Hi Marco, If your wife files for reduced benefits on her own record now, she could still potentially file for spousal benefits when you file for your benefits. But, she’d only be eligible for spousal benefits if 50% of your Primary Insurance Amount (PIA), which is equal to your full retirement age (FRA) retirement benefit amount, is higher than her own PIA, and her own retirement benefit rate would continue to be reduced.

For example, say Beth has a PIA of $500, but starts drawing 19 months before her full retirement age (FRA) and receives a reduced rate of $447. Beth’s husband files for his benefits 10 years later, and he has a PIA of $2,000. Beth would then become eligible for an additional spousal benefit of $500, which would be calculated by subtracting her PIA from 50% of her husband’s PIA. Thus, Beth’s combined benefit rate would then be $947 (i.e. $447 + $500).

If Beth in the example above waited until FRA to file for her retirement benefits, the only difference is that she would then initially receive her unreduced rate of $500 and her combined rate after becoming eligible for spousal benefits would be $1,000. Best, Larry


If My Wife Files For Her Benefits Early Can We Be Certain That She Could Still Get My Full Rate As A Widow?​​

Hi Larry, I started collecting my Social Security retirement benefit at 62 because we had high school aged children which basically doubled my benefit. I am now 72 and my monthly benefit is about $2,000. My wife, who worked until we had children, will be 62 in a few months and is eligible for a monthly benefit of about $850, which would increase to about $1,100 if she waits until she is 66.5. Our intention is for her to start taking her $850 a month when she turns 62. Can we be certain that this will not preclude her from getting a widow’s benefit equal to my $2,000 retirement benefit? Thanks, Joel

Hi Joel, Yes, regardless of when your wife starts drawing her own benefits, she could switch to receiving a widow’s benefit equal to your full benefit rate if you die before her and she’s full retirement age or older when she starts drawing widow’s benefits. She would only receive the higher of the 2 rates, though, not both.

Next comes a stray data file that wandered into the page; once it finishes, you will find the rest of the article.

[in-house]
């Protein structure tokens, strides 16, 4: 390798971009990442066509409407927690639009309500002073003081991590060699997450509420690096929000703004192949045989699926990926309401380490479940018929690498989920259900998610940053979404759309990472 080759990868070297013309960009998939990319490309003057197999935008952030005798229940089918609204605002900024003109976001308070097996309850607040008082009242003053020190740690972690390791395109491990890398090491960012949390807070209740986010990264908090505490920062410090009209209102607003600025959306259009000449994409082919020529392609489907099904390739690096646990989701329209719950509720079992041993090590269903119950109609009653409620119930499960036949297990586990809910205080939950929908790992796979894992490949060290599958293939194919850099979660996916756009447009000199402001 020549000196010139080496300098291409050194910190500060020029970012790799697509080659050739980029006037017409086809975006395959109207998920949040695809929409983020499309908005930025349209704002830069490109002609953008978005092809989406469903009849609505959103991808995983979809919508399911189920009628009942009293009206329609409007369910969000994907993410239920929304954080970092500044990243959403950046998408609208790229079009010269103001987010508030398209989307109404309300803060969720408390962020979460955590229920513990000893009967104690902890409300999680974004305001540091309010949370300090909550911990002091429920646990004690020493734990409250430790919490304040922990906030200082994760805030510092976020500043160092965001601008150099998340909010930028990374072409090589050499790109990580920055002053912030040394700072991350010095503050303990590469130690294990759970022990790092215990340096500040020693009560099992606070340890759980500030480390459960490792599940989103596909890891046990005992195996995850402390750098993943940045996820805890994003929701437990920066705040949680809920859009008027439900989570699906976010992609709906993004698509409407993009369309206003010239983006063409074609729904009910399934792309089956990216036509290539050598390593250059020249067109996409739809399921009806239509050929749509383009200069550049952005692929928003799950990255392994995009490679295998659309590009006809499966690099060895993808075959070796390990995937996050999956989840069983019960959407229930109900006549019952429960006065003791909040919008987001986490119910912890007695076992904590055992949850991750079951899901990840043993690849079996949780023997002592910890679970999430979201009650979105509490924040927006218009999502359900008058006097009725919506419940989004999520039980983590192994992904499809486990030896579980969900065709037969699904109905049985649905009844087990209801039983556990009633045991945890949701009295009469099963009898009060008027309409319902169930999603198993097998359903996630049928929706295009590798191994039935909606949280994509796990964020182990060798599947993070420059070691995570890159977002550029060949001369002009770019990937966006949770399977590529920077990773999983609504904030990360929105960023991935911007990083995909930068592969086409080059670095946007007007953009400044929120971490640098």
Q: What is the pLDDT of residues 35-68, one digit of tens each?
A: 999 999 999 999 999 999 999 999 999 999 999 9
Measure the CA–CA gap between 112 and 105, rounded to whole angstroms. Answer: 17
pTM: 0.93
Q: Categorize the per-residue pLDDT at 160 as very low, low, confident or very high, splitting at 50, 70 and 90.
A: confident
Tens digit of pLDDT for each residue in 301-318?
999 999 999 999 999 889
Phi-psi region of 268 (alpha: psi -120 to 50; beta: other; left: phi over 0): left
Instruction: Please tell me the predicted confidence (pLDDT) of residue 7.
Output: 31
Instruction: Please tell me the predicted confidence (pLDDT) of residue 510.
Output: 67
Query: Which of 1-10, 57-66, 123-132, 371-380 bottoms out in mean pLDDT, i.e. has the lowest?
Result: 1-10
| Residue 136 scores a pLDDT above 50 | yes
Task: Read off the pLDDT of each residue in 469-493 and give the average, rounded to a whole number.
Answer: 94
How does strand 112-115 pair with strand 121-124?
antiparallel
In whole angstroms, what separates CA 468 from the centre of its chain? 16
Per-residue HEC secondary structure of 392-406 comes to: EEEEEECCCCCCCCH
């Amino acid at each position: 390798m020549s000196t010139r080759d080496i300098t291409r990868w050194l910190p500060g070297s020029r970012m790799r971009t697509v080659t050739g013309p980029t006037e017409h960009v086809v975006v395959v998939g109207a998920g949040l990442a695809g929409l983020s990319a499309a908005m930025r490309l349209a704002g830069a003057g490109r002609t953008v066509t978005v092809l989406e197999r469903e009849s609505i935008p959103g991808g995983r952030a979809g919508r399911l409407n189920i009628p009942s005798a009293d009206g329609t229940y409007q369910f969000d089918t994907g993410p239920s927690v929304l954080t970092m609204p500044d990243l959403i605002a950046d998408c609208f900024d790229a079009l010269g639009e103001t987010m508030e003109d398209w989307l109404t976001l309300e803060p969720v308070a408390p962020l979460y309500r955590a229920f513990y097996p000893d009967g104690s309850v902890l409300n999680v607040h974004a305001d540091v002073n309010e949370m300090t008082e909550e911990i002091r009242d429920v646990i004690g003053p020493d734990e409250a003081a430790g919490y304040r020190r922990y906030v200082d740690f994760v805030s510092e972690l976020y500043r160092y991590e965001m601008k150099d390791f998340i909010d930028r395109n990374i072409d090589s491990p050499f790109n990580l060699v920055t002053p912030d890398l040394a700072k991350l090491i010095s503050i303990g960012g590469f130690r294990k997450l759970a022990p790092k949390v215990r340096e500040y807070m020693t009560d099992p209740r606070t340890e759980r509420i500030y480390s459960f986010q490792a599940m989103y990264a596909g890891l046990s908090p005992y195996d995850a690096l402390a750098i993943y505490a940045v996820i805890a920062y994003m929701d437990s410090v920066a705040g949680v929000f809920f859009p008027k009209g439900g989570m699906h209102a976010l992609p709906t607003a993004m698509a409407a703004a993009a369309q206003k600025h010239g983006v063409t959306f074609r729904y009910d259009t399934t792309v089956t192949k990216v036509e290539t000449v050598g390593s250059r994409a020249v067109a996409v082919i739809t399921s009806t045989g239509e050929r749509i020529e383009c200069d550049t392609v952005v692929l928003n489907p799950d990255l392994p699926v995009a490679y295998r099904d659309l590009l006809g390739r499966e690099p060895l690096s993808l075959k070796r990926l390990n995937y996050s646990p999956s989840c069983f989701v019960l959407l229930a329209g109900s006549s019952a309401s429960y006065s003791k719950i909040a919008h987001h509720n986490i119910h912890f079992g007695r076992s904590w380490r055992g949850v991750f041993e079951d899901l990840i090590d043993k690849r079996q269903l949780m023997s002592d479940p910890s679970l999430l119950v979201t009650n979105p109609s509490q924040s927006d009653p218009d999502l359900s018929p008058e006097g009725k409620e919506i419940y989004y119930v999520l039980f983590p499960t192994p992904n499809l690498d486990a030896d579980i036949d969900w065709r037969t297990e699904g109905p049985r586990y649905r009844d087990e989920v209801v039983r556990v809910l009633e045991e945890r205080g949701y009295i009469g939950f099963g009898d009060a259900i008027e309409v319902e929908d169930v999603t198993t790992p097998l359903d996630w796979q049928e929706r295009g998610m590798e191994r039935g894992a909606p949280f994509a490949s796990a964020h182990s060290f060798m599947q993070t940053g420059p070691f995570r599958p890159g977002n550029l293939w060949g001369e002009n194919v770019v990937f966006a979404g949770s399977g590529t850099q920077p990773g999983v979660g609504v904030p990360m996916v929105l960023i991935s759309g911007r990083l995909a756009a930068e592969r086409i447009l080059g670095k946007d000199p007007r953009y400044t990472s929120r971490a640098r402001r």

In fact, if you’ve received your benefits continuously starting at 62, then your wife would likely be due somewhat more than your benefit rate as a widow. When a deceased worker received reduced retirement benefits prior to his or her death, full widow’s benefits are paid at the higher of a) the worker’s reduced rate or b) 82.5% of the worker’s Primary Insurance Amount (PIA), which is equal to their full retirement age (FRA) retirement benefit amount. And if you’ve received your benefits continuously since 62, your reduced rate would be less than 82.5% of your PIA. Your wife may want to strongly consider using an expert Social Security benefits calculator, such as my company’s software or another very careful and comprehensive program, to compare her various filing options and determine which strategy would likely be optimal for her. Best, Larry


Should I Switch From Disability To Standard Social Security At 62?​​

Hi Larry, I am currently receiving disability benefits from Social Security. I am 61 and married to my 65 year old husband. He is currently drawing his Social Security retirement benefit. When I turn 62, should I change my benefits to early Social Security rather than my disability benefit? Thanks, Joyce

Hi Joyce, Almost certainly not. In theory you could switch from disability (SSDI) to retirement benefits at 62, but that would just reduce your benefit rate by roughly 30% unless your SSDI is being reduced due to the receipt of workers compensation or a public disability benefit. Furthermore, switching from SSDI to retirement benefits would have no effect on your potential eligibility for spousal benefits.

Even if you continue receiving SSDI you could potentially be eligible for additional spousal benefits at 62, but only if 50% of your husband’s Primary Insurance Amount (PIA), which is equal to his full retirement age (FRA) retirement benefit amount, is higher than your full SSDI rate. However, if you do qualify for additional spousal benefits, your spousal rate would be reduced for age if you start drawing prior to your full retirement age. An expert Social Security benefits calculator as described in other answers could help you determine what options you have so that you can determine your best course of action. Best, Larry

To learn more about your Social Security options, visit Economic Security Planning, Inc.